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Civilian vs. Military Rule – The Future of Sudan’s Politics & Economy

On October 25th, Sudanese protestors took to the streets to march against the decision to stop a democratic form of government in Sudan. Sudanese expressed their outrage over the economic crisis that erupted by marching toward the presidential palace in Khartoum. Amidst these protests on the anniversary of the military coup in Sudan, internet services remained blocked until 6 pm. In these protests, the posters in hand had faces of the 116 people who participated in the anti-coup protests and were killed in a crackdown last year.

How did the Protests in Sudan Emerge?: President Omar Hassan Ahmad al-Bashir, also a former military officer, was removed from his position as the seventh head of state of Sudan when the military stepped in on April 11th, 2019. As a result of the coup d’état in October 2019, Abdel Fattah Abdelrahman al-Burhan took over as the de facto head of state of Sudan. He was tasked with chairing the Sovereign Council of military and civilian figures, ultimately leading Sudan towards a democratic form of government. However, on October 25th, 2021, he decided to dissolve the Cabinet and the Sovereign Council. A nationwide state of emergency was further declared.

A Year of Deadly Protests: After the removal of the President in April 2019, protestors organized a mass sit-in on June 3rd, 2019, outside the military headquarters in Khartoum. The security forces retaliated by opening fire on the protestors leading to 100s being killed and dozens left wounded. According to the report by the UN Security Council, the security forces have responded to the protests since the coup of October 25th using live ammunition, stun grenades, and tear gas.

The response of the security forces to the protests across the country led to nationwide demonstrations where civilians demanded the military to “go back to the barracks.” Al-Burhan responded in a television address in July 2022. He agreed to step back from the state’s political affairs to allow a civilian government’s formation. However, protestors maintained their position of non-negotiations with the military.

The Economic Situation in Sudan: Sudan appears to be undergoing a period of stagflation. As the name suggests, it is described as an economic state with inflation and economic stagnation. When the prices of goods increase, the employees seek higher wages. As a result, businesses face labor disruption when they can commit to their laborers’ wages and yield profit simultaneously. People in business from diverse trade lines have narrated their dealings to help picture the economic situation in Sudan.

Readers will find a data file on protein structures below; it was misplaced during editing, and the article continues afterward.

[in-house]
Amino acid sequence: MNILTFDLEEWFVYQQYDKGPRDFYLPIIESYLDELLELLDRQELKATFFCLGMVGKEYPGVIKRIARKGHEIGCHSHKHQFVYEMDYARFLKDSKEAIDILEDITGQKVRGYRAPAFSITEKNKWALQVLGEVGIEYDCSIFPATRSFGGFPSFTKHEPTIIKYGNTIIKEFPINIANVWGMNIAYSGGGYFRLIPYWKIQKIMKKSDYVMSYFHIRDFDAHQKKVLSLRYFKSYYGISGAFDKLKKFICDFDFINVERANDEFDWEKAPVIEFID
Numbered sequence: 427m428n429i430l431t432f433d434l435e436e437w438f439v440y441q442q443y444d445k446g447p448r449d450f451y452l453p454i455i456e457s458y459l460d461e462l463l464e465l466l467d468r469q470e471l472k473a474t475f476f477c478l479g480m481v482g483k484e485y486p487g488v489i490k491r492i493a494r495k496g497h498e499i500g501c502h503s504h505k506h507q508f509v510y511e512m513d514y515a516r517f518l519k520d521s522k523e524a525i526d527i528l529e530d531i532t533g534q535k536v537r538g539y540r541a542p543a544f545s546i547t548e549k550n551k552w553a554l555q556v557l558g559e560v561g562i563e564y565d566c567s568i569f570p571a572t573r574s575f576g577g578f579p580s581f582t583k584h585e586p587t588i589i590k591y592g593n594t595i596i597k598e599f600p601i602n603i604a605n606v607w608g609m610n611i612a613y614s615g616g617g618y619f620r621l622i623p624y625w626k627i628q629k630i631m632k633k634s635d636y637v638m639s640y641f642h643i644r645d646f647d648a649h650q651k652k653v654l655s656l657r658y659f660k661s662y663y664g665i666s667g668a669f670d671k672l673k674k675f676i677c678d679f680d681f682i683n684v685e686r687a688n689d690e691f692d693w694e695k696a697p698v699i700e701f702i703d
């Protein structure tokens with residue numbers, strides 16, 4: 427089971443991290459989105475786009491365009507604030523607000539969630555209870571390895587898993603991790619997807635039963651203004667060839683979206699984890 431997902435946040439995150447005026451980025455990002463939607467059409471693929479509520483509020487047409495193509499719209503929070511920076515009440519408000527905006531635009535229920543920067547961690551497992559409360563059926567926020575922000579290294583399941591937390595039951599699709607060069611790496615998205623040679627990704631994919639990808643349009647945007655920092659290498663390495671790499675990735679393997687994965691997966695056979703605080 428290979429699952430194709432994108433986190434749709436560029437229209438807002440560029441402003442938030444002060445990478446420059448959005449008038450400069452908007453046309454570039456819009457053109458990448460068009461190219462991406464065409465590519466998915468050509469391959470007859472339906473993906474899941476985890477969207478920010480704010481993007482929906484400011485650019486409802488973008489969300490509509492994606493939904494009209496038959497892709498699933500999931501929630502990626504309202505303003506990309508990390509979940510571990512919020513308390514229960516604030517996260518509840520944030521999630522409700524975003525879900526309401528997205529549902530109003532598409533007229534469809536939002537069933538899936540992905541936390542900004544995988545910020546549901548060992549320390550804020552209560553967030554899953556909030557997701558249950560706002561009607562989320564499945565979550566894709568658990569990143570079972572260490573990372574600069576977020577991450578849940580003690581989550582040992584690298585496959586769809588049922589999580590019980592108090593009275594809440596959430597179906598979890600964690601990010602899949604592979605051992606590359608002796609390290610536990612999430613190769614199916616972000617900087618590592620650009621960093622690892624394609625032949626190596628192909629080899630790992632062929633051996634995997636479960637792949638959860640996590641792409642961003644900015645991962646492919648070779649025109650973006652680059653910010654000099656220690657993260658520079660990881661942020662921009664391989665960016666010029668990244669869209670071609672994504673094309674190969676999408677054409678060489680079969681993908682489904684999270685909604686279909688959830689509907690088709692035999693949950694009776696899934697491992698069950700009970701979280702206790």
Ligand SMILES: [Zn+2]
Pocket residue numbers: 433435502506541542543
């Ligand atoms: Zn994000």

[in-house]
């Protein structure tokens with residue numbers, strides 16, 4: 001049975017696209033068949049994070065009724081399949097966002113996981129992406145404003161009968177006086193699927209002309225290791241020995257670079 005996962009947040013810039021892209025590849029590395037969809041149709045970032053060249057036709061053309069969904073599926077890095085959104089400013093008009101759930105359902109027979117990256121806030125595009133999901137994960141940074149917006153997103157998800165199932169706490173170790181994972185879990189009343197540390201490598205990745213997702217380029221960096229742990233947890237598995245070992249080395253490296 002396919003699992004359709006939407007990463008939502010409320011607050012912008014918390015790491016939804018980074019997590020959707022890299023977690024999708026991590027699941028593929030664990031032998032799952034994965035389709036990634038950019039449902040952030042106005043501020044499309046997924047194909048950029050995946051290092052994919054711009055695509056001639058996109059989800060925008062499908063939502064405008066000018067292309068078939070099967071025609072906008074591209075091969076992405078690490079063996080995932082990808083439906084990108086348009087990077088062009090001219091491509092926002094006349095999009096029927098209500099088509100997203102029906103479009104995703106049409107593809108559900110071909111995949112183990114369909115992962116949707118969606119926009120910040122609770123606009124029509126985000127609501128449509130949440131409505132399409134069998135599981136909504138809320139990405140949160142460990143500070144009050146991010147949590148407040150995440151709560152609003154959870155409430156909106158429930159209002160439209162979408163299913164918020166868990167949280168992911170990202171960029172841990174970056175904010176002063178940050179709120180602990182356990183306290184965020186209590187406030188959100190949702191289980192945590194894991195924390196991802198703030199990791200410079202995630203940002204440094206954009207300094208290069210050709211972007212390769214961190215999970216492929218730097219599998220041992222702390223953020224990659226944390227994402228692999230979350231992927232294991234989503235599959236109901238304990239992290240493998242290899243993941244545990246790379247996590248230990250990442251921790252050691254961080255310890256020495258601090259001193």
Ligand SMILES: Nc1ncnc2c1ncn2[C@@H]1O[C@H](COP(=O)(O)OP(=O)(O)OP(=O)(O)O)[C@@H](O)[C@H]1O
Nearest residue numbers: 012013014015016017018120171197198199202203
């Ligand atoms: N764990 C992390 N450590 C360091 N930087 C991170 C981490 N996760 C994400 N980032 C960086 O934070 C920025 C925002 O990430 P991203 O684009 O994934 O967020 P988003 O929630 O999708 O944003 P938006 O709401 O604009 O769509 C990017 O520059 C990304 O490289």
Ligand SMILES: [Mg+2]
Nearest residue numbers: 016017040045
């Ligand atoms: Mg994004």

Mustafa, committed to the line of solar energy, shared how the smallest system was being sold for $700 in 2019. Currently, the same system is worth $3000. As a result, they have no option but to store the devices in the warehouse to avoid facing heavy losses in their business.

Hartem at Al-Sajana market in Sudan’s capital of Khartoum shared the prices of construction skewers rise heavily. In 2019, their cost was around 50,000 Sudanese pounds. Today, it stands at 670,000 Sudanese pounds. Al-Sajana market is known for supplying building materials.

Farmers have reported a stark increase in electricity prices. Unfortunately, the cost has increased sharply from 1.6 pounds per kilowatt to 17 pounds now, affecting the agricultural investment projects in Sudan.

Sudan’s current economic state has made its citizens suffer in terms of employment, cost of living, and a secure business environment.

How can Sudan Save its Economy? The IMF is committed to financially assuring debt relief. If the economic reform programs fulfill their end of the bargain, the IMF, the World Bank, and prospective donors will pull Sudan out of the financial turmoil.

Moreover, by focusing on the issues of the civilians, the economic tensions can fade over time. This includes paying attention to social protection programs that target unemployment, the cost of living situation, etc.


It would be wise to consider aid from the International community noting the state of the Sudanese economy. By taking loans to fulfill Sudanese basic facilities, including health, education, and food, the country can emerge from its fragile state.

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Tags: #Sudan #Economy #Military #Inflation #Protests #Civilians #Stagflation


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